DB- Thanks for your comments. I am one of several people I know who moved to the neighborhood, not because it is “family friendly,” but because of other factors. As another childless (by choice) person in their 40s, and as a fan and frequenter of jazz and other live music venues I am thrilled at the idea of having good live music available in the neighborhood. I am also wary of mixing live music performances with children’s play spaces. I would like to be able to make the assumption that parents would not bring young children to bar with live music after about 9pm or so, or would encourage them to be quiet if they did, but unfortunately my experience has been the opposite. I’ve had far too many evenings ruined by parents who take their young children to evening music events (either so the parents can get out or can expose their kids to the music) and then completely fail to supervise them. For example, we went to see Van Morrison the other night and the kids in the family next to us spent the whole time talking, snapping gum and texting.

    This is not an “anti-child backlash”; I’d just like to find a way for those with children and those who choose not to have children to co-exist while recognizing each group’s desire to not have their leisure time activities ruined by the other groups’ feelings of entitlement. For example, although I am under no obligation to do so, I make an effort to restrain my behavior and speech when I am in an area where kids congregate, so that parents and their children will be comfortable there. I would expect parents to similarly respect my right to enjoy live music or other adult activities without being subject to kids running around, shouting, crying, etc. Just because families with children may seek out the neighborhood, doesn’t mean the rest of aren’t entitled to enjoy it too. My partner has lived in Brooklyn Heights for 38 years. Is he supposed to yield to children on every issue because there are more of them now?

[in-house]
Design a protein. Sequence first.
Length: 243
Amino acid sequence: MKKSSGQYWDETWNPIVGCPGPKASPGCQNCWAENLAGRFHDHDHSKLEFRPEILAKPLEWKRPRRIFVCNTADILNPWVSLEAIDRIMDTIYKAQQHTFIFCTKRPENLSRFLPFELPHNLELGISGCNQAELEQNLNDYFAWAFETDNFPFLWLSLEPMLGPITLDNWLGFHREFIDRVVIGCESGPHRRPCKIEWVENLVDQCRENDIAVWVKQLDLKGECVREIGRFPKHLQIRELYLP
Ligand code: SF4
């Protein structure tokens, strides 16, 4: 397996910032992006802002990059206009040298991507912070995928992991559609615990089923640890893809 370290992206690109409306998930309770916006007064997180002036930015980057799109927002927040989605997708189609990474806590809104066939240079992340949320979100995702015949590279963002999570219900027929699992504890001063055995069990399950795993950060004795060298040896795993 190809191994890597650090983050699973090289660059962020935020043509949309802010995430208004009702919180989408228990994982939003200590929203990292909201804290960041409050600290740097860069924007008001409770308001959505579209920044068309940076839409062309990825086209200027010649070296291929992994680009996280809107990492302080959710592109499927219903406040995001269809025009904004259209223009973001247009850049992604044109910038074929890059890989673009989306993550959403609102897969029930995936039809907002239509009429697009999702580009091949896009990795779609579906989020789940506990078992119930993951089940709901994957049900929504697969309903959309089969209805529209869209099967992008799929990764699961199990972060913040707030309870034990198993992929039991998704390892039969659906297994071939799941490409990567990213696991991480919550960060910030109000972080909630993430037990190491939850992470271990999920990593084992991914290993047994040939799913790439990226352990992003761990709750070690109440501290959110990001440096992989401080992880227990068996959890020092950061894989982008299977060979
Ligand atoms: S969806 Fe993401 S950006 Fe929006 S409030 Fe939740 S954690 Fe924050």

• ABC

    I moved here more than 10 years ago. Lots of kids then too. I’m in the “room for everyone” camp and only bring it up since this thread started out with people objecting to the idea of a kid-friendly place.

    AEB, LOL! If seeing a mom breastfeeding a baby is a shock to you, I’m afraid the world has passed you by. Is that part of the entitlement you’re talking about? The good news is you may be entering the old age crank stage of life — and Brooklyn Heights is a perfect place for that!

    Jonathon, stairs are an issue. People complain that the “entitled stroller moms” have taken the area over, but the truth is lots of restaurants here are either up a flight of stairs or down and aren’t all that kid-friendly (thus making those on grade level more crowded than kids than usual). Still, if you build it, they will come — even if they have to carry their stroller..

  • BHer

    AEB – I wouldn’t blame the fact that these rude people are pushing strollers is what’s making them rude, I think it is the people to begin with.

  • ABC

    AEB, the restaurants in this area are having a hard time as it is. And now you can’t bring kids at 6? SIX? LOL. I’ve lived in this area with kids and without. Been out many nights at 8, 9, 10, 11pm for dinner and never had a problem with kids. But 6? SIX PM? C’mon. 7PM is dangerously close to early bird special territory, my cranky friend.

  • zb